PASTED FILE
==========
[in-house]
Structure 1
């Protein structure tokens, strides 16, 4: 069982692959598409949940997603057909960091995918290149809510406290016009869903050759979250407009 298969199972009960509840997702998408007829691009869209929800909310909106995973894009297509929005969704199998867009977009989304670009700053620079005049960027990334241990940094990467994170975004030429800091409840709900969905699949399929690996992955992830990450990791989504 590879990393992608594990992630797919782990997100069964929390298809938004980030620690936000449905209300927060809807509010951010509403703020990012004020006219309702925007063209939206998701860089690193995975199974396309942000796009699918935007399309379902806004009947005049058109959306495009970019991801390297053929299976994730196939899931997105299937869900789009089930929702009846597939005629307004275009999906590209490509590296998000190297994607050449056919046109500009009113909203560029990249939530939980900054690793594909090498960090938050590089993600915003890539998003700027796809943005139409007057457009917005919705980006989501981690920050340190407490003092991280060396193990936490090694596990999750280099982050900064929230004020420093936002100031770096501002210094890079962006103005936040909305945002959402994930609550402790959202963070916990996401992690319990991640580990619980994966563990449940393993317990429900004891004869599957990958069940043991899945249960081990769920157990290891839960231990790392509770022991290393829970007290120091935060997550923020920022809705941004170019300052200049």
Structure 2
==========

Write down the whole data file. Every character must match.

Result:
[in-house]
Structure 1
């Protein structure tokens, strides 16, 4: 069982692959598409949940997603057909960091995918290149809510406290016009869903050759979250407009 298969199972009960509840997702998408007829691009869209929800909310909106995973894009297509929005969704199998867009977009989304670009700053620079005049960027990334241990940094990467994170975004030429800091409840709900969905699949399929690996992955992830990450990791989504 590879990393992608594990992630797919782990997100069964929390298809938004980030620690936000449905209300927060809807509010951010509403703020990012004020006219309702925007063209939206998701860089690193995975199974396309942000796009699918935007399309379902806004009947005049058109959306495009970019991801390297053929299976994730196939899931997105299937869900789009089930929702009846597939005629307004275009999906590209490509590296998000190297994607050449056919046109500009009113909203560029990249939530939980900054690793594909090498960090938050590089993600915003890539998003700027796809943005139409007057457009917005919705980006989501981690920050340190407490003092991280060396193990936490090694596990999750280099982050900064929230004020420093936002100031770096501002210094890079962006103005936040909305945002959402994930609550402790959202963070916990996401992690319990991640580990619980994966563990449940393993317990429900004891004869599957990958069940043991899945249960081990769920157990290891839960231990790392509770022991290393829970007290120091935060997550923020920022809705941004170019300052200049």
Structure 2